Engineer Who Sold Military Secrets to Fake Russian Spy Sentenced to 5 Years in Prison

He actually sold the secrets to an undercover FBI agent

An engineer in Southern California was sentenced on Monday to five years in prison after he sold military secrets to an undercover FBI agent who he believed was a Russian spy.

U.S. District Judge George H. Wu handed out the punishment Monday morning to Gregory Allen Justice, who worked as a satellite engineer for a defense contractor, the Department of Justice said. While the company Justice worked for was not included in court filings, Boeing told CNBC it had a former employee by the same name.

The engineer pleaded guilty in May to two charges: economic espionage, and violating the Arms Export Control Act and the International Traffic in Arms Regulations.

During a meeting with the undercover FBI agent, Justice discussed developing a relationship like the one portrayed on the TV show The Americans, according to the Department of Justice. He also offered to take the agent to his employer’s production facility so the agent could photograph the facility.

Justice worked on commercial and military satellites that were sold to the Air Force, Navy and NASA, according to the Los Angeles Times.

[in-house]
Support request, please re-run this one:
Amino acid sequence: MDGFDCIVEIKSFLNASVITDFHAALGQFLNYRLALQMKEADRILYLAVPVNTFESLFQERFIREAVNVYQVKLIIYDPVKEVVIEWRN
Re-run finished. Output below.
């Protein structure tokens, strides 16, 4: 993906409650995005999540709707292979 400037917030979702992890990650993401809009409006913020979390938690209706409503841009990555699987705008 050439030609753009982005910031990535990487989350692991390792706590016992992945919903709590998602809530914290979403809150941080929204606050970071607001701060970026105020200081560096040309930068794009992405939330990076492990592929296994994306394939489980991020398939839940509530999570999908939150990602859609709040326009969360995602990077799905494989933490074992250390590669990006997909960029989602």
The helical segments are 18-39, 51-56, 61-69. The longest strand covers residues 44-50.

When imposing the sentence, Wu called the crimes “extremely troublesome” and added that it is widely known Russia “is not friendly to this country.”

During the time Justice was meeting with the FBI agent who he believed to be a Russian spy, he received $3,500 in cash, according to the Justice Department. Prosecutors said Justice sent most of that money to a woman he was involved with online but had never met in person.

“Unlike a reality television series, selling secrets to a foreign government is not entertaining, but in the wrong hands, threatens national security and puts American lives at risk,” Danny Kennedy, the Acting Assistant Director in charge of the FBI’s Los Angeles field office, said in a statement.